The company's B2B site ZDnet relaunched recently with new community features. Eventually, the company hopes that 30 to 40 per cent of the site's content will be user-generated.
"We try not to make a distinction between our editors' or the best of the users' content. Whatever is the best content gets promoted and tacked to the original story. You've got to have a pretty different mindset as a journalist."
The company's journalists, he says, "are expected to understand that we need to stop being a push medium and start being an interactive and pull medium."
Moving to the new office, says Bureau, is part of a strategy of making CNET an attractive employer to recruits most suited to this new type of media company.
"It's clear that it's a very competitive market. In terms of recruitment there's a great shortage of talented people," says Bureau.
The problem is particularly acute on the advertising sales side of the business, but editorial recruitment is affected as well.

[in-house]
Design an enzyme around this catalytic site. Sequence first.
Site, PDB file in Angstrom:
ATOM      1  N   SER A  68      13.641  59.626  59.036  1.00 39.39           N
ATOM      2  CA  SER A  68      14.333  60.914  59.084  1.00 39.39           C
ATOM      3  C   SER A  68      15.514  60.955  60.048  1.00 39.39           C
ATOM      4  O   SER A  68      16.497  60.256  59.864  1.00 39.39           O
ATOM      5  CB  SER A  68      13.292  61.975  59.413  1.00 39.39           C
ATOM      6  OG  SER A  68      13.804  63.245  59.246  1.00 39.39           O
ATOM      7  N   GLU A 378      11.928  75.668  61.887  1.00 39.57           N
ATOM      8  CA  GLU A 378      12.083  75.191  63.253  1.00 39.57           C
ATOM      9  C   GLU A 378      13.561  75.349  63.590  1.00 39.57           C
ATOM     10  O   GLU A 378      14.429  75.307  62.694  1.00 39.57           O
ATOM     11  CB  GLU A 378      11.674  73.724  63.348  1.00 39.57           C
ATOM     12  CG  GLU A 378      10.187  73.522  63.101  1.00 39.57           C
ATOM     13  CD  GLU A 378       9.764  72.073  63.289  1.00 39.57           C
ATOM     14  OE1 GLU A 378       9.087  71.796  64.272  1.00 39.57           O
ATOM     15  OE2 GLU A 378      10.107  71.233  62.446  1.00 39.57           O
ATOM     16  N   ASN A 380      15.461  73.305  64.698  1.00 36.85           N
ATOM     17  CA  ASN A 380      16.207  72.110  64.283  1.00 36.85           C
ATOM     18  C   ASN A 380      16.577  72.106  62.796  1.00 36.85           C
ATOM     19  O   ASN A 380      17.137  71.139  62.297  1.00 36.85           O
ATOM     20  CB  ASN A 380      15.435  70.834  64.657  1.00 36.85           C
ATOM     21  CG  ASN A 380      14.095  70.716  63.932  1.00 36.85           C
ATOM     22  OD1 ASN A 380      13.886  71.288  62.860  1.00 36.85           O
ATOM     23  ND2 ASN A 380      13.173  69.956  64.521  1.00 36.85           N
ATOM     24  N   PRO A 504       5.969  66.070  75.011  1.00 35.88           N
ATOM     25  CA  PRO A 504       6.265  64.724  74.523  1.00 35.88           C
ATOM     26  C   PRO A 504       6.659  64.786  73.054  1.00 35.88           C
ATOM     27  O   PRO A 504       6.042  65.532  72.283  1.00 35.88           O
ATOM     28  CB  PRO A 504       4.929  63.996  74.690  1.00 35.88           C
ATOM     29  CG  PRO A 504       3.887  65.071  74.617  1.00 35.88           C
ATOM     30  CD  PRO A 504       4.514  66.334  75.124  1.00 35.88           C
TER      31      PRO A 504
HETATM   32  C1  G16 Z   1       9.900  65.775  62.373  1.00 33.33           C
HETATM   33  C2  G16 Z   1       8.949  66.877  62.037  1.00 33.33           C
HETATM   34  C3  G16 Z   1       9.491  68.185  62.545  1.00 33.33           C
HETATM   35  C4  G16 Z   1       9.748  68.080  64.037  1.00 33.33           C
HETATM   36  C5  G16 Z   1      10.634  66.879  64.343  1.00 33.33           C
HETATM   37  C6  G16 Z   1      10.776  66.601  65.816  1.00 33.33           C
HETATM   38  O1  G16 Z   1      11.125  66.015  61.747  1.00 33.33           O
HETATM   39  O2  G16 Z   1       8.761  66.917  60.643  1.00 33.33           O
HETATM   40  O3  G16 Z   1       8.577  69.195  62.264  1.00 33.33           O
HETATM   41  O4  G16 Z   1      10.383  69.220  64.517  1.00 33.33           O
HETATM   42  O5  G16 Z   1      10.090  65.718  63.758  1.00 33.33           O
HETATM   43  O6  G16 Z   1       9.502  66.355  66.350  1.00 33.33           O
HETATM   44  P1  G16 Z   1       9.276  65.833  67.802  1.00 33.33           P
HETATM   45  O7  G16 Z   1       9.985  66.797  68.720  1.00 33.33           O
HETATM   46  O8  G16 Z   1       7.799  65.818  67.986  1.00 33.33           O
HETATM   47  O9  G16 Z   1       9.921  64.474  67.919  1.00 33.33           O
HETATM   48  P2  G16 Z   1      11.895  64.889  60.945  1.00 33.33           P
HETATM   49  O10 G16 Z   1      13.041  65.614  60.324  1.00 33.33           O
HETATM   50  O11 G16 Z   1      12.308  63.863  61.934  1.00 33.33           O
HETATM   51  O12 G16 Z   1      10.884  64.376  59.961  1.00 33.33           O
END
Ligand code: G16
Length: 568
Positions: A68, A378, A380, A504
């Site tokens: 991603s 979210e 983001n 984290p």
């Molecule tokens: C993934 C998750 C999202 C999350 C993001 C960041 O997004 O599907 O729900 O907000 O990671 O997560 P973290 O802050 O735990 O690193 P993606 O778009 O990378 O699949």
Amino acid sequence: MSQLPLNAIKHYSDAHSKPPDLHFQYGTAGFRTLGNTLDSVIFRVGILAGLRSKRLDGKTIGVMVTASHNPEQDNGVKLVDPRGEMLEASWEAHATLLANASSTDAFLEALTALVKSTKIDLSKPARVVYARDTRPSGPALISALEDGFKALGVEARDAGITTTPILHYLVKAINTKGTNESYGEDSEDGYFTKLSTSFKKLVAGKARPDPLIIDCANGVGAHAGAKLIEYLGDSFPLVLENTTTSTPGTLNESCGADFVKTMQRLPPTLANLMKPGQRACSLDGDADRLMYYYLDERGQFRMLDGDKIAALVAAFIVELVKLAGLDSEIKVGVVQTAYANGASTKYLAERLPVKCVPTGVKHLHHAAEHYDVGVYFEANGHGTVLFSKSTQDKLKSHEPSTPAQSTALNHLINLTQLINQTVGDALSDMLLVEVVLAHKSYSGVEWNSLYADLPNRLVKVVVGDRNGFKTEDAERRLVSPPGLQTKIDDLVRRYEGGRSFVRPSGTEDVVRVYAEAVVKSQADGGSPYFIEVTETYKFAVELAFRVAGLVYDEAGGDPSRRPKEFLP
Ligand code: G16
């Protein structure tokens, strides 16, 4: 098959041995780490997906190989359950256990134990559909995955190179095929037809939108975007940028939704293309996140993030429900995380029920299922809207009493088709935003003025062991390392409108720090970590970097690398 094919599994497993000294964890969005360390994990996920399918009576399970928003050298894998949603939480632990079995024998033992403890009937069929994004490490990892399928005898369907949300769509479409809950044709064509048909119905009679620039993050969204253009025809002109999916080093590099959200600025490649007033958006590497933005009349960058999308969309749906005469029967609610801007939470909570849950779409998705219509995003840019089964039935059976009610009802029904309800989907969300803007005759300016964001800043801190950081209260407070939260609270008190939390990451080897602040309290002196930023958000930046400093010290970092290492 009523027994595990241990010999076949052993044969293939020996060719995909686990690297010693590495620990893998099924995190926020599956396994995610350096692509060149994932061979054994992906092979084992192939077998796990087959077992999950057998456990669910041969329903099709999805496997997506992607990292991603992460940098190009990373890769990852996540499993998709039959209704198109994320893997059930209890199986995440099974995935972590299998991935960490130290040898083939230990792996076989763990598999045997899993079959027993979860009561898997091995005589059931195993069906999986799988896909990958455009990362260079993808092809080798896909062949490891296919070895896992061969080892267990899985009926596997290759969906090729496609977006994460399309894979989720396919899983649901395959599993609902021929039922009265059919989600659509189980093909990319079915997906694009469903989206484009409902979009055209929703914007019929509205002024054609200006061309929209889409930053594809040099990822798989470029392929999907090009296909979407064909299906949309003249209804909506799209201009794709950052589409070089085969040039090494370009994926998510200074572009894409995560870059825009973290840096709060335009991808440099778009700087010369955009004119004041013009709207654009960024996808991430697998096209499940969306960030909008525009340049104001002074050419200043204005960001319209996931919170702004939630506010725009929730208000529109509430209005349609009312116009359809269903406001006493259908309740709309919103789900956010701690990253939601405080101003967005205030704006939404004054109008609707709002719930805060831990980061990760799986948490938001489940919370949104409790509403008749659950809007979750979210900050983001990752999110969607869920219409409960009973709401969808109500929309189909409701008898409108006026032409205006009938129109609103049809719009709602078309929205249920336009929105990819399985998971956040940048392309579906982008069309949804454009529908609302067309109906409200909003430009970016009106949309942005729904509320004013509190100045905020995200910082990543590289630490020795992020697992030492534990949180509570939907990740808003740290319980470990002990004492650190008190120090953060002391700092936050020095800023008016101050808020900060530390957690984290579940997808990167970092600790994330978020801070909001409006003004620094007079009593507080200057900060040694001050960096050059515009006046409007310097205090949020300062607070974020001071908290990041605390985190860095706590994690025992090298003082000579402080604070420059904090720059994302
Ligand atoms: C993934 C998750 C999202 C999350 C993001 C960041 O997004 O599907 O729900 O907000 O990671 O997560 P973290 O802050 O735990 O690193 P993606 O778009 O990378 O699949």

The technical skills that are specific to online journalism, like writing search-engine friendly headlines, Bureau says, are easily learned on the job.
"There are skills you can teach quite easily if you've got the right raw material. One of the things you can't teach is attitude," says Bureau.
Far more difficult, he says, is finding people who are willing to experiment and embrace new tools. Many journalists, he says, have a tendency to be "quite habitual".
Another plank in the strategy is to create a company culture that fosters young recruits' instinctive understanding of technology.
Bureau cites a 2001 essay by Marc Prensky that argues that everyone born after about 1980 does not remember a world without digital technology. In contrast to these "digital natives", everyone older is a "digital immigrant" who has had to learn about these technologies.
"Us immigrant lot have to realise that if you want to talk to a certain audience that you're not part of, then you have no real validity in your views. So you've got to get experience blended with youth, and that leads to an exciting work environment. But it also means that you have to [change] old management styles."
On one occasion, at least, CNET's approach to multimedia and user-generated content has come together neatly with its human resources concerns.
CNET.co.uk's most recent editorial appointment was digital music reviewer Nate Lanxon, who was offered a job after impressing editors with the CNET-style video review of his mobile phone that he had uploaded to YouTube.